They hypothesized a mortuary function for the jars based on ethnographic analogies, referring to the practices of ancestral bone repository of tribes like Mikir, Sakchips, Hangkals, Kuki, Khasi and Synteng, and evidence of cremated bone fragments placed in one of the jars, he said.

“Jars indicate early use of iron in Neolithic Age, and also indicate cultural geography of jars builders covering Neolithic Age and SouthEast Asia,” Thakuria said.

In 2014, a joint team under the purview of the ASI, Guwahati Circle, had conducted a targeted survey in Dima Hasao to relocate the jar sites identified by Mills and Hutton. The team used the village names associated with each of the six jar sites, identified as partnof the 1932 report (Mills and Hutton 1929), to focus survey efforts. The survey resulted in the geolocation of all the reported sites except for Ndulngo. In 2016, the joint team continued their research at Hojai Dobongling where they further investigated the potential habitation deposit and the clusters of engraved flat circular stones.

In 2020, the team aimed to comprehensively survey and document three known jar sites: Nuchubunglo, Loungmailai, and Hojai Dobongling within Haflong subdivision and where possible, to locate and survey new sites in the designated two areas of interest.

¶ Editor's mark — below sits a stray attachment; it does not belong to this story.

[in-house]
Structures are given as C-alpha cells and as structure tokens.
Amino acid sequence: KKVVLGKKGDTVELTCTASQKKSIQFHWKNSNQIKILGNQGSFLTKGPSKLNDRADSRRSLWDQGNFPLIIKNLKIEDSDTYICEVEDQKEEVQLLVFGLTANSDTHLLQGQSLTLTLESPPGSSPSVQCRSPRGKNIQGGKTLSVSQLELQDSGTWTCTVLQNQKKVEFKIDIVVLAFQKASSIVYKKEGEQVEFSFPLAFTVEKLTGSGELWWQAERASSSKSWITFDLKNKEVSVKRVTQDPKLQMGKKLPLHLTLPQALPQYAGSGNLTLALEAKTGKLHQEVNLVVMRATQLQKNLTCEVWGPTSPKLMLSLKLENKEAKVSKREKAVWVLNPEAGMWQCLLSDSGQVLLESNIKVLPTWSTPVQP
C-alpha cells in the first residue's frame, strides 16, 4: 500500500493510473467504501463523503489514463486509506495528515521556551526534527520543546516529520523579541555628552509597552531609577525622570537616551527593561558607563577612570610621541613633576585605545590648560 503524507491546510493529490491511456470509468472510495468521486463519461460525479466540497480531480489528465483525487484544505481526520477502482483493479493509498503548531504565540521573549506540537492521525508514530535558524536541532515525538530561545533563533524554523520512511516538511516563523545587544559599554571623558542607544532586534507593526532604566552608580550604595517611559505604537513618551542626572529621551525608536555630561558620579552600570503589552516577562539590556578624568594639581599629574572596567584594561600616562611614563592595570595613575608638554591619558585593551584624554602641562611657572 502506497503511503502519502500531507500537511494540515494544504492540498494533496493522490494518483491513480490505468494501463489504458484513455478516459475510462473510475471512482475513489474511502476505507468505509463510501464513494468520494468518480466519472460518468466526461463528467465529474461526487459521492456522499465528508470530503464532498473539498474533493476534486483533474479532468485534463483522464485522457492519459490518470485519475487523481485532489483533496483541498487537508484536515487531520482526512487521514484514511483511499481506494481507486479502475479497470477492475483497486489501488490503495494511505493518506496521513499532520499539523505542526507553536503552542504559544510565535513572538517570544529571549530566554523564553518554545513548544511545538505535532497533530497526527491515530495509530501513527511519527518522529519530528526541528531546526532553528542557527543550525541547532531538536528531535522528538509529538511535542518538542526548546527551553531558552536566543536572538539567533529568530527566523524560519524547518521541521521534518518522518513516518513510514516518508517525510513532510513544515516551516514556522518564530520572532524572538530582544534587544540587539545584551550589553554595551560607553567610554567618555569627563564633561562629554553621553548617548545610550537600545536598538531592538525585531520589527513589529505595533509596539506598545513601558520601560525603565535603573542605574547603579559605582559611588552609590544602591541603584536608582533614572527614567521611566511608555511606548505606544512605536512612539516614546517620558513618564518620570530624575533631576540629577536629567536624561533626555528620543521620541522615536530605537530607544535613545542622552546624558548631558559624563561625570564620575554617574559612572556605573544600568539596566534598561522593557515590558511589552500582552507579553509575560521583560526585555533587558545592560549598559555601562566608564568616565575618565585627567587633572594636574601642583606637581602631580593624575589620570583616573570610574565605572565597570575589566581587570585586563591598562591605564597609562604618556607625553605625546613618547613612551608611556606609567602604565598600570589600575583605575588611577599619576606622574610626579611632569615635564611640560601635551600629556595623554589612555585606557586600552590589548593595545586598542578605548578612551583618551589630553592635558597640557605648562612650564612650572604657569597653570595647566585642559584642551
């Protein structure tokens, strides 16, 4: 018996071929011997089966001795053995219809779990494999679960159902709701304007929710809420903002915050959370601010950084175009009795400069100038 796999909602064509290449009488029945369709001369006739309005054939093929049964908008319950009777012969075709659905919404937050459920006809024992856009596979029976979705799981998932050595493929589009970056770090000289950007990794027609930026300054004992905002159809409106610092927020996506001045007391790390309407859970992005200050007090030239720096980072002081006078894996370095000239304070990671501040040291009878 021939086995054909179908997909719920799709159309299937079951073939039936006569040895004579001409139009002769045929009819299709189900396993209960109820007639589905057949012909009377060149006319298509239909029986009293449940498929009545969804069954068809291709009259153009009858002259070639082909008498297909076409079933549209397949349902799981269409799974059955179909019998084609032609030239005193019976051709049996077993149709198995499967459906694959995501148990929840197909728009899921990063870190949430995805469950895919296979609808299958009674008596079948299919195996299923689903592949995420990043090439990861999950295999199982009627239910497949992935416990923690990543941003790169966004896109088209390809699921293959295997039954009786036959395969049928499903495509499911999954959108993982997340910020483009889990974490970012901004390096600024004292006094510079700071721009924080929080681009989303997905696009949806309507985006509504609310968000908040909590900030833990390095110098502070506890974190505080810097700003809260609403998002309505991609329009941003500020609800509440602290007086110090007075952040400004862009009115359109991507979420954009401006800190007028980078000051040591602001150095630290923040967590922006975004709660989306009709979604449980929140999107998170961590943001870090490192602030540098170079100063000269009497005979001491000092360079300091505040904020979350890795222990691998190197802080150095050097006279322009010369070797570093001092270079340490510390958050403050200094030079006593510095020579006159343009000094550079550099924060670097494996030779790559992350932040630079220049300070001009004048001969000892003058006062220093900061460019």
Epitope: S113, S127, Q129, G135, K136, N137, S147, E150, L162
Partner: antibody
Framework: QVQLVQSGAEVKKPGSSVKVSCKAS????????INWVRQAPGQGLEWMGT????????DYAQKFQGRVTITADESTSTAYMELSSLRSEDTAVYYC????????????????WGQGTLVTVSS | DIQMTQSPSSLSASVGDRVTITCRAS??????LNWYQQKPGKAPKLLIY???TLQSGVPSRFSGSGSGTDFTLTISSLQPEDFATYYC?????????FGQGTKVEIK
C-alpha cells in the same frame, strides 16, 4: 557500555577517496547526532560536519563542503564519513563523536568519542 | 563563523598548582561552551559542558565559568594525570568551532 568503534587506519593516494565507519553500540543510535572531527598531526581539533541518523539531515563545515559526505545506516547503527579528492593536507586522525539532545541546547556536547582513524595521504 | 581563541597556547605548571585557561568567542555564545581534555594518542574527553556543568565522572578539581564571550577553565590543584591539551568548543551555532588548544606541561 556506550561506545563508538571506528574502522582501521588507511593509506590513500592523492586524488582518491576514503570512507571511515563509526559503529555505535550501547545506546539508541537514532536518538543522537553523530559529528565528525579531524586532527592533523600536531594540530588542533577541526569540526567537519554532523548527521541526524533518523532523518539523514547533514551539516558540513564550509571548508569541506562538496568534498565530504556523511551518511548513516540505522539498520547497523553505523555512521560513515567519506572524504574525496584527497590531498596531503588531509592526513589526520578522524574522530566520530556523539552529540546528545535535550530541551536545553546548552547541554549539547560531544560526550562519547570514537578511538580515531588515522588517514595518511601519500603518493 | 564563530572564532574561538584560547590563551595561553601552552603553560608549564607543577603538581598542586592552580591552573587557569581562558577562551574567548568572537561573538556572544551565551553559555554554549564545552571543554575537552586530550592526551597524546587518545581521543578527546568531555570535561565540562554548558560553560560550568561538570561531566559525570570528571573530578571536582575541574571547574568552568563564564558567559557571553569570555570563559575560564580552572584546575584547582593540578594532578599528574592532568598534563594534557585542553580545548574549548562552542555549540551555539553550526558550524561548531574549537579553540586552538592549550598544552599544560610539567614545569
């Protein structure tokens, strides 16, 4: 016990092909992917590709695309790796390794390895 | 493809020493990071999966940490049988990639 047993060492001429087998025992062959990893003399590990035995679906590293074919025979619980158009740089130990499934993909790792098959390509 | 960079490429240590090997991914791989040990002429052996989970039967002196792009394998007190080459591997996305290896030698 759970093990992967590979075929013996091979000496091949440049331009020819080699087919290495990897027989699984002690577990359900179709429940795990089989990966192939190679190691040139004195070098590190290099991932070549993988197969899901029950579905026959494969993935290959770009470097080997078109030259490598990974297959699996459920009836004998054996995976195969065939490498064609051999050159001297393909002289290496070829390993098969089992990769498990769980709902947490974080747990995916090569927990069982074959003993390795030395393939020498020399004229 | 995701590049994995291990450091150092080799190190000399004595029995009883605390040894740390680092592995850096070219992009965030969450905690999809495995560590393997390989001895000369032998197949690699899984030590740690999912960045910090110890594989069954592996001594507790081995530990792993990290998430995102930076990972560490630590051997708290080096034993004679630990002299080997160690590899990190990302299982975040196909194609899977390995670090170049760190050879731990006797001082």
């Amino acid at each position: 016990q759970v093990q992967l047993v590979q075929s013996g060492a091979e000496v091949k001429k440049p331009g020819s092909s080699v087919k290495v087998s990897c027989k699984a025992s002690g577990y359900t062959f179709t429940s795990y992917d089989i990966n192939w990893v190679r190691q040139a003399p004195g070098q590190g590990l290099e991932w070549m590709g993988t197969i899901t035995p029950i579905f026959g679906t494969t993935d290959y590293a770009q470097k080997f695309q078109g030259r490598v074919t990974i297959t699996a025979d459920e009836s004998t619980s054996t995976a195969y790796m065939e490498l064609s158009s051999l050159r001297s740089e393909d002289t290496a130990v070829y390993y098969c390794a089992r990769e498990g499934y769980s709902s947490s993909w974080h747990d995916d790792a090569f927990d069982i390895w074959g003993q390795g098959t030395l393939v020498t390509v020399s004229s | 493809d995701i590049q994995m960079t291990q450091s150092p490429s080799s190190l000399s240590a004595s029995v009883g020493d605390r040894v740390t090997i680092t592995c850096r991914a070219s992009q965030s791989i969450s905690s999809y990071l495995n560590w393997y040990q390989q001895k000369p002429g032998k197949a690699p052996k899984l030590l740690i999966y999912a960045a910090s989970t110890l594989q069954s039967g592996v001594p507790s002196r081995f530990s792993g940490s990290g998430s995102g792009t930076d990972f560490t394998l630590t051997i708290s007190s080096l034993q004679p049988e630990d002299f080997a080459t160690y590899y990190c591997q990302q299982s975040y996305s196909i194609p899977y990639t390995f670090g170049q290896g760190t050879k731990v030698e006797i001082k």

The team surveyed seven jar sites: the previously reported sites including Loungmailai, Hojai Dobongling, Nuchubunglo and; four previously unreported sites Thaimodholing-1 and Thaimodholing-2, Lower Chaikam and Herakilo.

During the 2020 survey, it was further revealed that the positioning of jars at some sites, for example Thaimodholing-1, suggest views are directional with jars purposely facing towards a particular area. This may suggest that the jars were placed to observe, or be observed from, a specific place in the landscape.

Across the surveyed jar sites, the authors observed some variation of jar shape and decoration. Three distinct jar sites types were recorded: bulbous top with conical end, biconcial, and cylindrical, with the Nuchubunglo, the largest site, displaying all three types.

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“Shapes of the jars, variation of shapes at site level, maximum number of jars at Bolosan surprised me,” Thakuria said.

“We cannot say how many jar sites are in Assam, but certainly could be more,” said Thakuria, who has been working on stone jars since 2014.

He said there is a need to plan for systematic and scientific excavation of the jars sites to recover cultural materials of the people to know about the social and cultural behavior of the people who made the jars. Presently the jars are empty.

The study says insights gained through research at jar sites in Assam contribute to an understanding of this broader megalithic jar phenomenon distributed across Southeast Asia.

“There are likely still many sites yet to be discovered in the heavily forested upland landscape across Assam. Further research is also required to compare the Assam jars to those in Laos and Indonesia to better understand the likely cultural relationship,” the study said.